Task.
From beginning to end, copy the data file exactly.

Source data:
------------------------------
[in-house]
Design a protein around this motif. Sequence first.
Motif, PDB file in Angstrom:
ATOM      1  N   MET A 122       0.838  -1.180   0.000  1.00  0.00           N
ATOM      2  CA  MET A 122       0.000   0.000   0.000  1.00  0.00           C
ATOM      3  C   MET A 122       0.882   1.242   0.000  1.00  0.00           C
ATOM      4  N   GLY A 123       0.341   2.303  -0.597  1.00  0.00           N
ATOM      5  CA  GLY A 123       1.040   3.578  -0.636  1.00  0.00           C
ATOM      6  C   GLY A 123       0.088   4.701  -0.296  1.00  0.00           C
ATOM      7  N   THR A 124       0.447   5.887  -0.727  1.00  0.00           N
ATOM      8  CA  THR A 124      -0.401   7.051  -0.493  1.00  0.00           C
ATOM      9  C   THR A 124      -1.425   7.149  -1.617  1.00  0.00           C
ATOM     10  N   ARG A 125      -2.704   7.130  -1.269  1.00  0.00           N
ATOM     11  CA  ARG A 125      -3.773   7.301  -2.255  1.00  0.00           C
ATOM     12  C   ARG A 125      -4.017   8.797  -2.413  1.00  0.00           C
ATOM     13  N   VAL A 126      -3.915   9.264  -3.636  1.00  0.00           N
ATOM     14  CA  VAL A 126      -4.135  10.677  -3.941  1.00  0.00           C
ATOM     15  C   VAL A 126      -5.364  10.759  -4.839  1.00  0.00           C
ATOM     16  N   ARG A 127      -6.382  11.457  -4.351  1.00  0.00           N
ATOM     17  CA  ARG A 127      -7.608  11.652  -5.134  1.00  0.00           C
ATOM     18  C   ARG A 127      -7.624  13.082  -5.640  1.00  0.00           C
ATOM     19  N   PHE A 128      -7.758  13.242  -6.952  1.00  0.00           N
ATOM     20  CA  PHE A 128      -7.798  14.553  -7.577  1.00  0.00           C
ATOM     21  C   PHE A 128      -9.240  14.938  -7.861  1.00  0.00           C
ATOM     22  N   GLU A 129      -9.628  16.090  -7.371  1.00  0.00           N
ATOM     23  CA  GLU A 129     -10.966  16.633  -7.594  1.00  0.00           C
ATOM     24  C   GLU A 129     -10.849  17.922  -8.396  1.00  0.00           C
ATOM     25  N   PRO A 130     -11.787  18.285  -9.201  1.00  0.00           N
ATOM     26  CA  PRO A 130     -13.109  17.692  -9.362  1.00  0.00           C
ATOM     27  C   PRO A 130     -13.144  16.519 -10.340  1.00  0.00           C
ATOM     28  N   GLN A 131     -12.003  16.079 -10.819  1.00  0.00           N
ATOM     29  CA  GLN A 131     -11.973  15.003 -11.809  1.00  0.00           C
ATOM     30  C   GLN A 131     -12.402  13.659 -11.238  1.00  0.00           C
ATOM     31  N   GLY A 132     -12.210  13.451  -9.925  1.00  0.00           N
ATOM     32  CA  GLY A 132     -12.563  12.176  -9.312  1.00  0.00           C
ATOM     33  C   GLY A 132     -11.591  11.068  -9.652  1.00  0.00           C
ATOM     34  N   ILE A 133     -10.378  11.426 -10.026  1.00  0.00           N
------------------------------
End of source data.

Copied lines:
[in-house]
Design a protein around this motif. Sequence first.
Motif, PDB file in Angstrom:
ATOM      1  N   MET A 122       0.838  -1.180   0.000  1.00  0.00           N
ATOM      2  CA  MET A 122       0.000   0.000   0.000  1.00  0.00           C
ATOM      3  C   MET A 122       0.882   1.242   0.000  1.00  0.00           C
ATOM      4  N   GLY A 123       0.341   2.303  -0.597  1.00  0.00           N
ATOM      5  CA  GLY A 123       1.040   3.578  -0.636  1.00  0.00           C
ATOM      6  C   GLY A 123       0.088   4.701  -0.296  1.00  0.00           C
ATOM      7  N   THR A 124       0.447   5.887  -0.727  1.00  0.00           N
ATOM      8  CA  THR A 124      -0.401   7.051  -0.493  1.00  0.00           C
ATOM      9  C   THR A 124      -1.425   7.149  -1.617  1.00  0.00           C
ATOM     10  N   ARG A 125      -2.704   7.130  -1.269  1.00  0.00           N
ATOM     11  CA  ARG A 125      -3.773   7.301  -2.255  1.00  0.00           C
ATOM     12  C   ARG A 125      -4.017   8.797  -2.413  1.00  0.00           C
ATOM     13  N   VAL A 126      -3.915   9.264  -3.636  1.00  0.00           N
ATOM     14  CA  VAL A 126      -4.135  10.677  -3.941  1.00  0.00           C
ATOM     15  C   VAL A 126      -5.364  10.759  -4.839  1.00  0.00           C
ATOM     16  N   ARG A 127      -6.382  11.457  -4.351  1.00  0.00           N
ATOM     17  CA  ARG A 127      -7.608  11.652  -5.134  1.00  0.00           C
ATOM     18  C   ARG A 127      -7.624  13.082  -5.640  1.00  0.00           C
ATOM     19  N   PHE A 128      -7.758  13.242  -6.952  1.00  0.00           N
ATOM     20  CA  PHE A 128      -7.798  14.553  -7.577  1.00  0.00           C
ATOM     21  C   PHE A 128      -9.240  14.938  -7.861  1.00  0.00           C
ATOM     22  N   GLU A 129      -9.628  16.090  -7.371  1.00  0.00           N
ATOM     23  CA  GLU A 129     -10.966  16.633  -7.594  1.00  0.00           C
ATOM     24  C   GLU A 129     -10.849  17.922  -8.396  1.00  0.00           C
ATOM     25  N   PRO A 130     -11.787  18.285  -9.201  1.00  0.00           N
ATOM     26  CA  PRO A 130     -13.109  17.692  -9.362  1.00  0.00           C
ATOM     27  C   PRO A 130     -13.144  16.519 -10.340  1.00  0.00           C
ATOM     28  N   GLN A 131     -12.003  16.079 -10.819  1.00  0.00           N
ATOM     29  CA  GLN A 131     -11.973  15.003 -11.809  1.00  0.00           C
ATOM     30  C   GLN A 131     -12.402  13.659 -11.238  1.00  0.00           C
ATOM     31  N   GLY A 132     -12.210  13.451  -9.925  1.00  0.00           N
ATOM     32  CA  GLY A 132     -12.563  12.176  -9.312  1.00  0.00           C
ATOM     33  C   GLY A 132     -11.591  11.068  -9.652  1.00  0.00           C
ATOM     34  N   ILE A 133     -10.378  11.426 -10.026  1.00  0.00           N